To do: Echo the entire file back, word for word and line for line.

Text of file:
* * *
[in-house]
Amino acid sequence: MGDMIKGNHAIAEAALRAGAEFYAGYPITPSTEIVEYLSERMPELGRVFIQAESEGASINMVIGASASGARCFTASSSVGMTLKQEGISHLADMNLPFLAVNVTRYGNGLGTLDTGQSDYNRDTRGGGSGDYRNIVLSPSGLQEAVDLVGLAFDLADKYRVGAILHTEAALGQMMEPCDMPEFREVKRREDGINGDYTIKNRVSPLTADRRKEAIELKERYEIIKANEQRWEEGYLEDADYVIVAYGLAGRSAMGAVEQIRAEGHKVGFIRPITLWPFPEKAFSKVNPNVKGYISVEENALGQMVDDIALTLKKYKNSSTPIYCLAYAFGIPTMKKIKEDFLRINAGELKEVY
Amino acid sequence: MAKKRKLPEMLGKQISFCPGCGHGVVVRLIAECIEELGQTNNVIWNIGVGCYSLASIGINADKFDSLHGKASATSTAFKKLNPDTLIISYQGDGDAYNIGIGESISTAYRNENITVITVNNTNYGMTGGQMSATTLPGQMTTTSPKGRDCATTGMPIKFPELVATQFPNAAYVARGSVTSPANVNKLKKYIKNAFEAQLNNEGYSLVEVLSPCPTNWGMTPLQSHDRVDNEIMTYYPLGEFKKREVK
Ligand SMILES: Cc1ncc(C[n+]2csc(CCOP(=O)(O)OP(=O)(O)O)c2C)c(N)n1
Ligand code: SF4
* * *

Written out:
[in-house]
Amino acid sequence: MGDMIKGNHAIAEAALRAGAEFYAGYPITPSTEIVEYLSERMPELGRVFIQAESEGASINMVIGASASGARCFTASSSVGMTLKQEGISHLADMNLPFLAVNVTRYGNGLGTLDTGQSDYNRDTRGGGSGDYRNIVLSPSGLQEAVDLVGLAFDLADKYRVGAILHTEAALGQMMEPCDMPEFREVKRREDGINGDYTIKNRVSPLTADRRKEAIELKERYEIIKANEQRWEEGYLEDADYVIVAYGLAGRSAMGAVEQIRAEGHKVGFIRPITLWPFPEKAFSKVNPNVKGYISVEENALGQMVDDIALTLKKYKNSSTPIYCLAYAFGIPTMKKIKEDFLRINAGELKEVY
Amino acid sequence: MAKKRKLPEMLGKQISFCPGCGHGVVVRLIAECIEELGQTNNVIWNIGVGCYSLASIGINADKFDSLHGKASATSTAFKKLNPDTLIISYQGDGDAYNIGIGESISTAYRNENITVITVNNTNYGMTGGQMSATTLPGQMTTTSPKGRDCATTGMPIKFPELVATQFPNAAYVARGSVTSPANVNKLKKYIKNAFEAQLNNEGYSLVEVLSPCPTNWGMTPLQSHDRVDNEIMTYYPLGEFKKREVK
Ligand SMILES: Cc1ncc(C[n+]2csc(CCOP(=O)(O)OP(=O)(O)O)c2C)c(N)n1
Ligand code: SF4